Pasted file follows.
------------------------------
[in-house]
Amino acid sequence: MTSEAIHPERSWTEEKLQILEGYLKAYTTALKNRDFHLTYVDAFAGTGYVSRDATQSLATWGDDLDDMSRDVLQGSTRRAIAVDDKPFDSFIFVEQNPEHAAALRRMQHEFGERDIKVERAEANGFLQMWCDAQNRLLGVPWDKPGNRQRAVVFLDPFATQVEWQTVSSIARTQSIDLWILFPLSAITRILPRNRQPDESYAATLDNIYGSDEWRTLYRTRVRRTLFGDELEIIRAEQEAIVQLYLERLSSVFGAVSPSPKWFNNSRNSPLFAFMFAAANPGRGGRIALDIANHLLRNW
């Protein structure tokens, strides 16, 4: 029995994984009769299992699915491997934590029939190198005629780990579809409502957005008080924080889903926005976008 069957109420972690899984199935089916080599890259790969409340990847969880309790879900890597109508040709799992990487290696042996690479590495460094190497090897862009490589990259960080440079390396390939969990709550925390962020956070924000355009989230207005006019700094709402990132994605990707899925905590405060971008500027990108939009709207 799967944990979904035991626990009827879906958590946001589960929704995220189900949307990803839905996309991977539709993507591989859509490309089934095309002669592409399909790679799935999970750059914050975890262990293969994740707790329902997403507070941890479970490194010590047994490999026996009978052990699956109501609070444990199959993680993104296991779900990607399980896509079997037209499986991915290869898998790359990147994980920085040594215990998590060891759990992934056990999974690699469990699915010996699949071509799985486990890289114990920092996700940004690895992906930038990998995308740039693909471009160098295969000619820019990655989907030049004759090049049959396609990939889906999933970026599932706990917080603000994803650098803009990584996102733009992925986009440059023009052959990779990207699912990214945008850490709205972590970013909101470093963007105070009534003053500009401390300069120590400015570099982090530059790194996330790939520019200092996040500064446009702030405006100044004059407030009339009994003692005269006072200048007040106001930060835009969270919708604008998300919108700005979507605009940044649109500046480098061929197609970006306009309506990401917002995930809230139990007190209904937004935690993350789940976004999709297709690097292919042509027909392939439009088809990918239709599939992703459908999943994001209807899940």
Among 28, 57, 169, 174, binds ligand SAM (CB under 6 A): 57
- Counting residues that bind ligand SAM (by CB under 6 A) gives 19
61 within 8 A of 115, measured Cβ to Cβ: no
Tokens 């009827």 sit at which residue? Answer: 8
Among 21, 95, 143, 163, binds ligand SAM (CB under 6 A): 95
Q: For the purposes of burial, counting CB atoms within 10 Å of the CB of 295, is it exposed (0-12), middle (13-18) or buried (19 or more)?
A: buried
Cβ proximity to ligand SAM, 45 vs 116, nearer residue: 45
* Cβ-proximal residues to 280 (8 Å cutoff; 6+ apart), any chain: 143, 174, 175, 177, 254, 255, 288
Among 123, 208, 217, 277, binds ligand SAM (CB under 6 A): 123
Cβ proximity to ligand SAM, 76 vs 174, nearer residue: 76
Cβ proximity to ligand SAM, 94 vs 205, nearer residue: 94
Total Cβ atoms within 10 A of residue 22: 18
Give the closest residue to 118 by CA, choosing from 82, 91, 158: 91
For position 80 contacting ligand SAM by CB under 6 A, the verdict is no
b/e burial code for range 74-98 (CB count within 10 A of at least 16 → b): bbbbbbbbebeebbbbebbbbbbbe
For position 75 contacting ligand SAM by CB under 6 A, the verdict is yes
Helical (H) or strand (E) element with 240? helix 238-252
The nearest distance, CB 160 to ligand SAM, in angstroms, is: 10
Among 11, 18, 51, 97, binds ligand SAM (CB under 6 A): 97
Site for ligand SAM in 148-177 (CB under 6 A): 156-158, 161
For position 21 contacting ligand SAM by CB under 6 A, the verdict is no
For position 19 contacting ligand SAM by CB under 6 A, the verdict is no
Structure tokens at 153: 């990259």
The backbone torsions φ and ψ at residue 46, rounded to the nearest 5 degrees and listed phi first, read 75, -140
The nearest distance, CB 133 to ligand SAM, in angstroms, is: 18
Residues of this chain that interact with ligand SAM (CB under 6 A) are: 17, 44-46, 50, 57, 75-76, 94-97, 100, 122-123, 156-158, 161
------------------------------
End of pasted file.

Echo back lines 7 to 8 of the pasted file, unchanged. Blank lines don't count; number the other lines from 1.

Tokens 């009827």 sit at which residue? Answer: 8
Among 21, 95, 143, 163, binds ligand SAM (CB under 6 A): 95